By Ben Sherman, Fort SillMarch 28, 2013
FORT SILL, Okla. (March 28, 2013) -- Ralph Heirigs must feel like he's sometimes experiencing déjà vu when he sees some of his patients. And considering he's delivered more than 5,000 babies at Reynolds Army Community Hospital during the past 22 years, he has definitely seen some of them before, because he delivered them.
"I have patients who are now adults at Fort Sill that I delivered some 20 years ago, and now many of them are having babies of their own," said Heirigs, an obstetrics and gynecology physician at RACH. Heirigs graduated from the University of Kansas medical school in 1981, and then went on to a private practice for a time in his native South Dakota.
"After that I migrated to Oklahoma, where I worked at Indian Health Services in Lawton for nine years. Right after the first Iraq war in 1991, there was quite an influx of Soldiers at Fort Sill. I had become friends with the chief of medicine here at the time, and since RACH had an overwhelming need for another OB-
GYN physician, I came over here in 1991. And I've been here ever since," he said.
Heirigs remembers those heady days in the early '90s when the birth rate exploded at Fort Sill's hospital.
"In early 1992, we were averaging over 120 deliveries a month. At that time there were three military physicians: one who did just gynecology surgery and I was the fourth physician," Heirigs said. "Sometimes the Family Practice physicians also made some deliveries, but we did the vast majority ourselves. We'd have six patients in labor at the same time. With 120 deliveries a month we were pretty overwhelmed."
Heirigs states that right now the hospital averages half the number of deliveries, about 60 to 70 a month, that they had back then. And through all those years the OB-GYN department has maintained four physicians, who are all now civilians.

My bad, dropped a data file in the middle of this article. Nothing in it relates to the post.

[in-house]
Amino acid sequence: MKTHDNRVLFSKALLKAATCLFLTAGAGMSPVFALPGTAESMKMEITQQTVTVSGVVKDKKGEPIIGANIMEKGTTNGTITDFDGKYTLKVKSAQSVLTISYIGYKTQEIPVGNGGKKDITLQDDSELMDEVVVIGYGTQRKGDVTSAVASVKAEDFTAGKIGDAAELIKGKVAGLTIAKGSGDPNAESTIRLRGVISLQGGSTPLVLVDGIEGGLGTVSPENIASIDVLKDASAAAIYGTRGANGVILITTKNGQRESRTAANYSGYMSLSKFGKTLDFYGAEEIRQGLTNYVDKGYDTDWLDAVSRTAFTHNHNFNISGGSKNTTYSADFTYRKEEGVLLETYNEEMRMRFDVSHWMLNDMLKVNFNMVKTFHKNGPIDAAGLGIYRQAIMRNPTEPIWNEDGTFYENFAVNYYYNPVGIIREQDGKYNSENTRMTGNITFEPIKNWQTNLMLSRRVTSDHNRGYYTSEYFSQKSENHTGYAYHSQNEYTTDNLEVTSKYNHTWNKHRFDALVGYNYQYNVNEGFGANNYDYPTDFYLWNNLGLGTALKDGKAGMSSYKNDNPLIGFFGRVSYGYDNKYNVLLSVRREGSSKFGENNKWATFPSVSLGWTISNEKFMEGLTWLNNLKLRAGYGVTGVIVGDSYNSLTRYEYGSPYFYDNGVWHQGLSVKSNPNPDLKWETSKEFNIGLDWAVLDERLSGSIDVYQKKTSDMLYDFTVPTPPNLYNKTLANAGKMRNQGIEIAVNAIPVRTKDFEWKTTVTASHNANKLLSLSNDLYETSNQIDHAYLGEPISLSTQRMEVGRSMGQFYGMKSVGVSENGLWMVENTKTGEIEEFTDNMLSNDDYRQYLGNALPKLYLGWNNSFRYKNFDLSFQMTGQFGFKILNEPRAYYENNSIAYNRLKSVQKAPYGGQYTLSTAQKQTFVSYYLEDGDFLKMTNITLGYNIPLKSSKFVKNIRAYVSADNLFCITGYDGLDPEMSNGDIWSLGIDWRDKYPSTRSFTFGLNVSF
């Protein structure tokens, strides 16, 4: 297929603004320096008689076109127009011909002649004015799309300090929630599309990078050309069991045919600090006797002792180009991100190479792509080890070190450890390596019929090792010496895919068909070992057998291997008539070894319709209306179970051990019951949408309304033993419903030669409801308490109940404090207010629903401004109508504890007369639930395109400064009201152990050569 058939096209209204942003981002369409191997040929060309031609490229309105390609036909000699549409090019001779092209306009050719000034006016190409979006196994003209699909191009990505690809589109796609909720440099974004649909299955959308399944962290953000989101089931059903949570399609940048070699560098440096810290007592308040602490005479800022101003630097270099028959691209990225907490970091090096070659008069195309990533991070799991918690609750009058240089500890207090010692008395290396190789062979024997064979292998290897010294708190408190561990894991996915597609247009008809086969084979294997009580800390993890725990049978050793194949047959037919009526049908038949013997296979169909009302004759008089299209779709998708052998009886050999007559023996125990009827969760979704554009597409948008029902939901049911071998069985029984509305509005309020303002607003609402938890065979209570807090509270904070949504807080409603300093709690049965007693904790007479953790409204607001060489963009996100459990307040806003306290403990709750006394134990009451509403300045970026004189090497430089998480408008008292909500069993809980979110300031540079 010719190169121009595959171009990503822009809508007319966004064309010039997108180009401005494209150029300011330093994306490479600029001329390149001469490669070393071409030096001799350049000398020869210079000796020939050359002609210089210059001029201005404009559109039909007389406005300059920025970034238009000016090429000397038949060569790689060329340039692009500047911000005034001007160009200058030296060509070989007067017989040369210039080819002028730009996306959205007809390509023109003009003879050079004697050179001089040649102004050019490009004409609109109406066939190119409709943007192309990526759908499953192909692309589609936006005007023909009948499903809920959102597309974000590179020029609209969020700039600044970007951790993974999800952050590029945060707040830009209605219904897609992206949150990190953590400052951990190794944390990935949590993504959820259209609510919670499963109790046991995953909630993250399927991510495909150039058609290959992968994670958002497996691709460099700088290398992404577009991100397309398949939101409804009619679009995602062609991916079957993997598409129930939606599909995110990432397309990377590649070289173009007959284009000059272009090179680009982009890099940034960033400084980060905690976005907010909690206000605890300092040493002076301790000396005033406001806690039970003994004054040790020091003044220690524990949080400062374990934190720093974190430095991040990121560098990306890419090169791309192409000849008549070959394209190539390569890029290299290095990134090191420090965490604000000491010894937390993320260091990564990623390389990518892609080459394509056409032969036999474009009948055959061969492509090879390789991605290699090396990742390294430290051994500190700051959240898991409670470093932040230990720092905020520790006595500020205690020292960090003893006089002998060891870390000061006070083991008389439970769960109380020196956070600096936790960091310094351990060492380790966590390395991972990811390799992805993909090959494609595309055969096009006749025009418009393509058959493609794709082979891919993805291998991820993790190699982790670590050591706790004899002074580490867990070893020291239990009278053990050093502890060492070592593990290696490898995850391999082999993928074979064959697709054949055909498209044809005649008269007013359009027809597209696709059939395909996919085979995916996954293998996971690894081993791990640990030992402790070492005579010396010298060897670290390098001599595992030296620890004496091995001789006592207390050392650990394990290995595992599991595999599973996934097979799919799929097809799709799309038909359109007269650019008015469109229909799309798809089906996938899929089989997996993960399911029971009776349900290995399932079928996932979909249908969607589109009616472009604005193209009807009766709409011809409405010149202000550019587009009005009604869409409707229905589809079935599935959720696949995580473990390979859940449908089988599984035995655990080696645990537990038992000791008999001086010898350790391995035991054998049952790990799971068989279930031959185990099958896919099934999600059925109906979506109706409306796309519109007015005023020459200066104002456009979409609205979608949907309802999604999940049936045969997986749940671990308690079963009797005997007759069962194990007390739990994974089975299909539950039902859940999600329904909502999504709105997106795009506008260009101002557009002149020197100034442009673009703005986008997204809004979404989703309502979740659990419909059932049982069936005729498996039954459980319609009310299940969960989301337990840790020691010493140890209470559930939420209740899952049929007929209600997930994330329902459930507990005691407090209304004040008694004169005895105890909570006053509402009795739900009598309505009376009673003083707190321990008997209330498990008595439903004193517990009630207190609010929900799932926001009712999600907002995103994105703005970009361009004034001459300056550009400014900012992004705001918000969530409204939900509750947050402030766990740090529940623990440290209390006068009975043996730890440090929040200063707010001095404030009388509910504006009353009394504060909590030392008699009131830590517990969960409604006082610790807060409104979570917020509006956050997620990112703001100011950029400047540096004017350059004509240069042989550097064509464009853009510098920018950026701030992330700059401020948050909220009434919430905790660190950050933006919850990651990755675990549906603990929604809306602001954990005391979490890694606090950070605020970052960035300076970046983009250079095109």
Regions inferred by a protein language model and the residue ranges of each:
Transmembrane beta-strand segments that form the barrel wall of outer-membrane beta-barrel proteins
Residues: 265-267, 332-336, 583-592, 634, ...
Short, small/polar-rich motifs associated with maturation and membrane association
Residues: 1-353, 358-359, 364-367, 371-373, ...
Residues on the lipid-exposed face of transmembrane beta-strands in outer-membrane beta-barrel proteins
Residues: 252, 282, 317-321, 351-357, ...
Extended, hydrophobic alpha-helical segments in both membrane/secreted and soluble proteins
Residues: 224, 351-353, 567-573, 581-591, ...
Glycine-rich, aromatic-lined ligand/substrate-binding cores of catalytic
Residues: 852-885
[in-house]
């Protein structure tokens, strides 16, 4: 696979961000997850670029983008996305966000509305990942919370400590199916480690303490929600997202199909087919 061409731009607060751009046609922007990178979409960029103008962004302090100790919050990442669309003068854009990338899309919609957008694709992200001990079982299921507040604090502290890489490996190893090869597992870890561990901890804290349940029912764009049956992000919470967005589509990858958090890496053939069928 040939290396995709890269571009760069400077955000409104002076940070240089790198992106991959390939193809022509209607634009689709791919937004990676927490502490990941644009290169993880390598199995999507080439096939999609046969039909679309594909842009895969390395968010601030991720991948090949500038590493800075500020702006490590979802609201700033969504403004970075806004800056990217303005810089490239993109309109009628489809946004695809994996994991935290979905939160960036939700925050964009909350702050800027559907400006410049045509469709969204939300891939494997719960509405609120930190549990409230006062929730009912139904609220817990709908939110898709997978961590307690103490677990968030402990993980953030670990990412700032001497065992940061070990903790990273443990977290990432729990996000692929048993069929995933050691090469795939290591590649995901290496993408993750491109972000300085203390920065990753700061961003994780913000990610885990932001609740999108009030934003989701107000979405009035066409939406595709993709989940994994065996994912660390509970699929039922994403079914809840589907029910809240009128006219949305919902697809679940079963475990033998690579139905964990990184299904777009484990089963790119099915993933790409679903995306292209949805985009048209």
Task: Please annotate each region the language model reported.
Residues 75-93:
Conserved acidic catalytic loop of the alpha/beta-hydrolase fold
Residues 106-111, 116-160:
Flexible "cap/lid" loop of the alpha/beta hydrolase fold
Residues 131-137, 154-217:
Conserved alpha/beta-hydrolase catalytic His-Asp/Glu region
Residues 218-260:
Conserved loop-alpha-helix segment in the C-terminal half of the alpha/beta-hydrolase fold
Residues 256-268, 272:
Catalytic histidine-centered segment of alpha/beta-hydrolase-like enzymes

"We've had multiple deployments in those 22 years that would deplete our manpower for a time. And we've had a lot of Soldier physicians who retired from the military or went on to private practice. But when I talked to those physicians after they have left, they have always said, to a person, that they wished they were back here, because it's a different lifestyle, military medicine is," he said. "I think the patients get fantastic care when they are here. There isn't a physician here right now that I wouldn't want my wife to see. We have had a number of excellent physicians who have served here.
"And we've had multiple nurses who have come here to Reynolds from the area hospitals, and I believe that is a reflection of how good our staff is, that we are basically getting the cream of the crop coming here. I think the care that our patients received is phenomenal," Heirigs said.
When asked about how the impending sequestration may affect services and care at RACH, Heirigs put his hands in the air and said, "Who knows?"
"Medicine is not like other areas of the military. Treating patients is not like working on trucks or tanks. We already had some nursing vacancies that were frozen and will continue to be vacant. Hopefully, the sequestration won't hurt us too much and the quality of medicine here will not change," Heirigs said, adding, "We've made multiple plans for labor and delivery, and furloughing will definitely affect labor and delivery, but again, we will make the best of the situation and move forward. I think only time will tell."